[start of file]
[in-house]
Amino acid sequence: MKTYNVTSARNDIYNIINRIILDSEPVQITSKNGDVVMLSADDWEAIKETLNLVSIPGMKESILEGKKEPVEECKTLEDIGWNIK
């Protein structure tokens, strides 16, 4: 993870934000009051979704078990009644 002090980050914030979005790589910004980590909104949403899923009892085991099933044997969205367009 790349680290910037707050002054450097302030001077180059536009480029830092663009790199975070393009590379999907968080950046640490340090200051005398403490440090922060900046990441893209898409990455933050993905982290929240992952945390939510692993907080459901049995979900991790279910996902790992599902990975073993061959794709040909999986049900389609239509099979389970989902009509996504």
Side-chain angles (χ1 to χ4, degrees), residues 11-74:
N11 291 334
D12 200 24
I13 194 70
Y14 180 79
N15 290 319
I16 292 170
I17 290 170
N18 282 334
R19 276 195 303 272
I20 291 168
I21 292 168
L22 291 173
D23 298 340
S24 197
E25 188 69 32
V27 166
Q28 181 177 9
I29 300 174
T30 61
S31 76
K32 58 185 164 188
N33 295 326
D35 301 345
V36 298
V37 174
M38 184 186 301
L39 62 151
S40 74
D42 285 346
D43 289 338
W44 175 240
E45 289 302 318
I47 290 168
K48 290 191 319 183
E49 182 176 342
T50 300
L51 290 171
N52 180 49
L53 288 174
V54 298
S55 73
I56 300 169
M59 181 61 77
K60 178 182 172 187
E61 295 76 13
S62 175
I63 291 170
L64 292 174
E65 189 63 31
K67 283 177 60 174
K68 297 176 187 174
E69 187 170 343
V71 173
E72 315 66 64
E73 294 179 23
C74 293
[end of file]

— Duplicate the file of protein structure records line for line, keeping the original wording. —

[in-house]
Amino acid sequence: MKTYNVTSARNDIYNIINRIILDSEPVQITSKNGDVVMLSADDWEAIKETLNLVSIPGMKESILEGKKEPVEECKTLEDIGWNIK
């Protein structure tokens, strides 16, 4: 993870934000009051979704078990009644 002090980050914030979005790589910004980590909104949403899923009892085991099933044997969205367009 790349680290910037707050002054450097302030001077180059536009480029830092663009790199975070393009590379999907968080950046640490340090200051005398403490440090922060900046990441893209898409990455933050993905982290929240992952945390939510692993907080459901049995979900991790279910996902790992599902990975073993061959794709040909999986049900389609239509099979389970989902009509996504």
Side-chain angles (χ1 to χ4, degrees), residues 11-74:
N11 291 334
D12 200 24
I13 194 70
Y14 180 79
N15 290 319
I16 292 170
I17 290 170
N18 282 334
R19 276 195 303 272
I20 291 168
I21 292 168
L22 291 173
D23 298 340
S24 197
E25 188 69 32
V27 166
Q28 181 177 9
I29 300 174
T30 61
S31 76
K32 58 185 164 188
N33 295 326
D35 301 345
V36 298
V37 174
M38 184 186 301
L39 62 151
S40 74
D42 285 346
D43 289 338
W44 175 240
E45 289 302 318
I47 290 168
K48 290 191 319 183
E49 182 176 342
T50 300
L51 290 171
N52 180 49
L53 288 174
V54 298
S55 73
I56 300 169
M59 181 61 77
K60 178 182 172 187
E61 295 76 13
S62 175
I63 291 170
L64 292 174
E65 189 63 31
K67 283 177 60 174
K68 297 176 187 174
E69 187 170 343
V71 173
E72 315 66 64
E73 294 179 23
C74 293